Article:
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Public Papers - 1991

Remarks to Travel and Tourism Chief Executive Officers

1991-10-28

Thank you all very, very much for being here. And I normally don't go around wearing make-up. I want you to know that. But we have a little studio in here, and I've just completed a satellite broadcast out to the West Coast. And I did not want to keep you waiting any more.

But, Bob, thank you very much for being here. Let me salute two that you may have heard from. I don't know whether Mike Boskin and Roger -- Roger Porter, was here and Mike Boskin, I believe. Has he been? They are key players on our team, and I'm glad they've participated. I want to salute John Keller who is sorely missed at the White House. He and I worked together for many, many years, and now he's over there. We're still working together but out of different buildings, and I know he's doing a good job. I want to salute Rock Schnabel and Roger Ballou, the president of American Express Travel Related Services, whom I've just met out here. So, here we go.

I am told that this is perhaps one of, well put it this way, one of the most unprecedented gatherings of travel and tourism executives. And I want to thank you all for taking the time to come here. I wanted to just pop in on this briefing to show support for the extraordinary contributions that your group is making, not only to the industry, travel and tourism industry, but to the economic well-being of our Nation. And it's high time that this industry, travel and tourism, a 7 billion economic powerhouse, received the recognition that it so richly deserves.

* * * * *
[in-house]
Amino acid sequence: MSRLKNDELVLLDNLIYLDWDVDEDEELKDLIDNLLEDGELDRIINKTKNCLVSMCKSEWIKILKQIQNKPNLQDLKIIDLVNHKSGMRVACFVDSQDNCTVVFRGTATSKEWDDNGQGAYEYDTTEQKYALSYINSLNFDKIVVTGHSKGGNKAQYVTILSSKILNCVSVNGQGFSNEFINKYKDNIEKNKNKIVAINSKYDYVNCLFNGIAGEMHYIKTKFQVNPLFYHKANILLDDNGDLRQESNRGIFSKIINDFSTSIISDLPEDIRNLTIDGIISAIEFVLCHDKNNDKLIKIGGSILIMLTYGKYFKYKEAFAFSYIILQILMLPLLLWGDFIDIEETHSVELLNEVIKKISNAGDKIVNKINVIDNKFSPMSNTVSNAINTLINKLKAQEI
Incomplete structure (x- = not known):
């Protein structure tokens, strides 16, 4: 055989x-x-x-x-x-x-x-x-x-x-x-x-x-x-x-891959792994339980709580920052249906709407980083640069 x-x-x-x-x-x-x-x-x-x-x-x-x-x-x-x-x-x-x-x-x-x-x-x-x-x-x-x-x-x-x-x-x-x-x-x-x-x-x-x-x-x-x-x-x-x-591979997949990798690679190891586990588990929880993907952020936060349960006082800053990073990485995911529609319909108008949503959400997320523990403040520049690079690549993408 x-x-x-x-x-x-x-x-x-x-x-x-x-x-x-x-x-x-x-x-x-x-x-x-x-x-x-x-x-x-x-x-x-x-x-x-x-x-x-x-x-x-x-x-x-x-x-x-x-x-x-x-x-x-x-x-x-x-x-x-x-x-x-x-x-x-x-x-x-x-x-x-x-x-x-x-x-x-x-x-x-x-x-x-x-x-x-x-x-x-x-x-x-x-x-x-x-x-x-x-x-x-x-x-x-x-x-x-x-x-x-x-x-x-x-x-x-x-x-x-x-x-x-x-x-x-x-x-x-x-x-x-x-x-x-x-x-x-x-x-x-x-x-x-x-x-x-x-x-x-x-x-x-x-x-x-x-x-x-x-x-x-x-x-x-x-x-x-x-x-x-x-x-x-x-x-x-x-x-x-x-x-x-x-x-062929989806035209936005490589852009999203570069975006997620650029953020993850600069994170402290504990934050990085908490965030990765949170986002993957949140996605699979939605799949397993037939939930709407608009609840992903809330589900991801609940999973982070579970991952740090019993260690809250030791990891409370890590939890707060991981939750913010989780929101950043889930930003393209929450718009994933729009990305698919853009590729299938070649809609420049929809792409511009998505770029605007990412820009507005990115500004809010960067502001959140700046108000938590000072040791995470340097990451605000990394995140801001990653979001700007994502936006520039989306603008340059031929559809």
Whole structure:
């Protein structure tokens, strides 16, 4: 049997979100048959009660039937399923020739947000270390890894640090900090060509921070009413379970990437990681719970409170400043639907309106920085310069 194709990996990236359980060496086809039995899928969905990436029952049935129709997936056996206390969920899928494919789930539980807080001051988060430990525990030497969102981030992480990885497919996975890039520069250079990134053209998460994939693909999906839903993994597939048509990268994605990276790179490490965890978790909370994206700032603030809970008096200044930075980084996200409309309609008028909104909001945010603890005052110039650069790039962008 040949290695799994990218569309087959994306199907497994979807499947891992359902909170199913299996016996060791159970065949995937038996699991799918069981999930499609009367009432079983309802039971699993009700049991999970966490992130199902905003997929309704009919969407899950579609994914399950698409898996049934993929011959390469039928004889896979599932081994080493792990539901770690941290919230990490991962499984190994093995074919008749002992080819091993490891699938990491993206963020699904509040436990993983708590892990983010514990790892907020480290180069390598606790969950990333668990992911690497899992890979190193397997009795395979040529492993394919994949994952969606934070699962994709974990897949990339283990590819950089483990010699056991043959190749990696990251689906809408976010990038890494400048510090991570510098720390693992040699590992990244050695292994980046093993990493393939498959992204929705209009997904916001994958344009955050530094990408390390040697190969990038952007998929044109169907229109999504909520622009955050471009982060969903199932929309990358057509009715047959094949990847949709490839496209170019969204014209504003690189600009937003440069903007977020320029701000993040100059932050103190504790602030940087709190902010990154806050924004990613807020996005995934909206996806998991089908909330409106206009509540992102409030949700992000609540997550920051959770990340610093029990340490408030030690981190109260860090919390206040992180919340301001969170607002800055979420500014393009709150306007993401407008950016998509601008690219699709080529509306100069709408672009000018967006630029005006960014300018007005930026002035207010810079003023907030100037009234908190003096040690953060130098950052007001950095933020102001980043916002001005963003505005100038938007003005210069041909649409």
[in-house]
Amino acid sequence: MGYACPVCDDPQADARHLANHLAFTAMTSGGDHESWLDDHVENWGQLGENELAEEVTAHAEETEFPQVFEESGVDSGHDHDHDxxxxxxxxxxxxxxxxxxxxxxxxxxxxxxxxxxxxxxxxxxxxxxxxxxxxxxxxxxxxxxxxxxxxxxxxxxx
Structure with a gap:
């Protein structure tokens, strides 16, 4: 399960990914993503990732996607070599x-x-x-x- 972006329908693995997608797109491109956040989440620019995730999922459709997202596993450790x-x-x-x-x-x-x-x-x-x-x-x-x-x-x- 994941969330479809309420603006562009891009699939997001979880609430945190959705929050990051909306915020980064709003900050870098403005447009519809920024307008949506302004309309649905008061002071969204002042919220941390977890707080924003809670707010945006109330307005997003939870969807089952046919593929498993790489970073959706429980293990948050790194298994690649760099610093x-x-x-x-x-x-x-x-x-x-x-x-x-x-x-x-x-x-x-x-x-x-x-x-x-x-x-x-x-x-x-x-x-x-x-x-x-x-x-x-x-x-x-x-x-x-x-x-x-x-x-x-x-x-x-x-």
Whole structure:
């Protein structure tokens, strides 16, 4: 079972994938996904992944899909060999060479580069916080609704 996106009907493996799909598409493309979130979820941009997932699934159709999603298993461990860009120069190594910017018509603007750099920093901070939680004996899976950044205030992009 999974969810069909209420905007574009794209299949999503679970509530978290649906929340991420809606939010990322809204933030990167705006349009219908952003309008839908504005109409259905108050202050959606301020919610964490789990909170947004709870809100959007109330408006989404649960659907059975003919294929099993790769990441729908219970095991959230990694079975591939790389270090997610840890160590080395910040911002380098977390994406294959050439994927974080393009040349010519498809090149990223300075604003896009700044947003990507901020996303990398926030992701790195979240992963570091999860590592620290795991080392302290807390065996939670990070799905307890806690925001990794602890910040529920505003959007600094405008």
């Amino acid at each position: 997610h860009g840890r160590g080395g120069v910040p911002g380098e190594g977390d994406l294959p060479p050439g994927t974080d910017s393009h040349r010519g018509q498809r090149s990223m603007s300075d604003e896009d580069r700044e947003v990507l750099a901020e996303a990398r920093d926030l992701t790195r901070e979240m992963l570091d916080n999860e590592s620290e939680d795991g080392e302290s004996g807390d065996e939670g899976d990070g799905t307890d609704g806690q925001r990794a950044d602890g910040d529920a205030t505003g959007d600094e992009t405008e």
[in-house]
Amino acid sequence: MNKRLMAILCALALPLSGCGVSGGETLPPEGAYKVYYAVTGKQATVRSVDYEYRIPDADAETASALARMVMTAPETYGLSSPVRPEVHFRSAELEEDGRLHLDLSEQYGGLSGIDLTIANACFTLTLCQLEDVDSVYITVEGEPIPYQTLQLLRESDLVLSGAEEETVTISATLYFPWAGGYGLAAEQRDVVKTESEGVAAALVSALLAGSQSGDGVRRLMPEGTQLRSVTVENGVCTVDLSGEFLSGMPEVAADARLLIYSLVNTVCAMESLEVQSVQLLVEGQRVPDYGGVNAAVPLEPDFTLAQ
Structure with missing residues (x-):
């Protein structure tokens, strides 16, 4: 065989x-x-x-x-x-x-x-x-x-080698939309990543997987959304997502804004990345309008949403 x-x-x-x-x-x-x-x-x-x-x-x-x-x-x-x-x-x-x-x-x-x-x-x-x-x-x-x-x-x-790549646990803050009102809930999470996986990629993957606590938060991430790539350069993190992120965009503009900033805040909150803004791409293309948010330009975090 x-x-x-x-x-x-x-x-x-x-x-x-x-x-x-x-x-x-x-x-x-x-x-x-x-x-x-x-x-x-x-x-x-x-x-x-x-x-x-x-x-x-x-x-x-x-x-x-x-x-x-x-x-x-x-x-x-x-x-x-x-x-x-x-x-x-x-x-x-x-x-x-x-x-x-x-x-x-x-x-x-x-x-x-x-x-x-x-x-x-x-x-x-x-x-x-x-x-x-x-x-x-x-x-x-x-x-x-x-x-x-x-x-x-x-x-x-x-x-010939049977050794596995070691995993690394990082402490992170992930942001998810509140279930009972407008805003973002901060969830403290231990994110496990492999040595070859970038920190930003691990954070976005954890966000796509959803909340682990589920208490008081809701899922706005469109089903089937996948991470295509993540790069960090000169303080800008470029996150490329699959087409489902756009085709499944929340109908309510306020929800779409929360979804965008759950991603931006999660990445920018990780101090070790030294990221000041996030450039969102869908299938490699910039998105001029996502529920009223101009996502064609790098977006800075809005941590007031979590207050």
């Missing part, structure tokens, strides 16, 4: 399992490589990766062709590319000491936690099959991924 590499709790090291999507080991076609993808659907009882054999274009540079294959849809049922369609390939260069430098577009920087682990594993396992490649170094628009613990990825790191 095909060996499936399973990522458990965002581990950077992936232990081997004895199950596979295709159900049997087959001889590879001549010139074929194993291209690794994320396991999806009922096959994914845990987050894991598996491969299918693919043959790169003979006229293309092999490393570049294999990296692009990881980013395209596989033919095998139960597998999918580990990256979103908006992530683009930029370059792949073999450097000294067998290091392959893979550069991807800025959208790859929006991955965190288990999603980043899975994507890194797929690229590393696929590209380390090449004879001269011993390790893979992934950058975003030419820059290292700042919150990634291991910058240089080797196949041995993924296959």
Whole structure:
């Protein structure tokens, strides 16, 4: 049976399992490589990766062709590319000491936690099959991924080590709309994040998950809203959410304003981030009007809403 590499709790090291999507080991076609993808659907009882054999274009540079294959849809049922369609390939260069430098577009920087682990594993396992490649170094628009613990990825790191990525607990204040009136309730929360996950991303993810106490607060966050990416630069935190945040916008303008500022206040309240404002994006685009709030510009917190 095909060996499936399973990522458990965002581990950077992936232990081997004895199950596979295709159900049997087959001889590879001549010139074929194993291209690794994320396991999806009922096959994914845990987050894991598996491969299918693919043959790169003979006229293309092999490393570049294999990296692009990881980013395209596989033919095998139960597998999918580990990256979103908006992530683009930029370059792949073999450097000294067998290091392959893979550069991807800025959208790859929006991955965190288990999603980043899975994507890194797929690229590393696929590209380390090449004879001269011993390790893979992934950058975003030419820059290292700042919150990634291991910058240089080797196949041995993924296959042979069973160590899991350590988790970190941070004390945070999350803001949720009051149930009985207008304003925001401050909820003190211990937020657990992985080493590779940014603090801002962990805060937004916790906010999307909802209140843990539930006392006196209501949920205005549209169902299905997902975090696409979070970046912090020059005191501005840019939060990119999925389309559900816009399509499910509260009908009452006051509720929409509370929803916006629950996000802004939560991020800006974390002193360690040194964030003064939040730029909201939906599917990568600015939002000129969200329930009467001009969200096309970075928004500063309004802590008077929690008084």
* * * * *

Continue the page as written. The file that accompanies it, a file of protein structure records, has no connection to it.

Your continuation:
Let me just cite some numbers that most of you know, but some around the country don't know. In 1990, international visitors spent more than billion on U.S. tourism and transportation services. We expect a billion increase in 1991. U.S. earnings from tourism are growing faster than our receipts from goods and services as a whole, and this has been the case for over 30 years.

In terms of income generated and jobs created or sustained, tourism is among the top 3 industries in 37 of our 50 States. In 1990, nearly a million Americans owed their livelihood to international visitors. Add to that just over 5 million jobs generated by domestic travel and tourism for a total of nearly 6 million American jobs.

This solid record of growth has not gone unnoticed by small communities and by rural areas facing the challenge to diversify their economies. More and more rural communities are making tourism a part of the economic development options for the nineties. And the U.S. Travel and Tourism Administration, along with other Government agencies, are working to put smalltown America on the tourist map.

An example of our administration's commitment to this idea is a Presidential initiative on rural economic development which recognizes that new economic opportunities for rural America will be found primarily in off-farm employment opportunities such as tourism, retirement living, and commercial recreation. As part of that initiative, Federal agencies will provide leadership for educational outreach programs in rural tourism development.

I am also pleased to report that next month USTTA and other Federal agencies will sponsor a nationally televised conference, ``Turn It Around With Tourism,'' in conjunction with, in this instance, the University of Minnesota. This conference is intended to strengthen tourism-related businesses in small towns and in rural communities.

On the international front, this administration has sought to foster liberalized trade and to obtain the adaptation of international rules for the conduct of trade in services, including tourism, as well as encourage trade-related investment.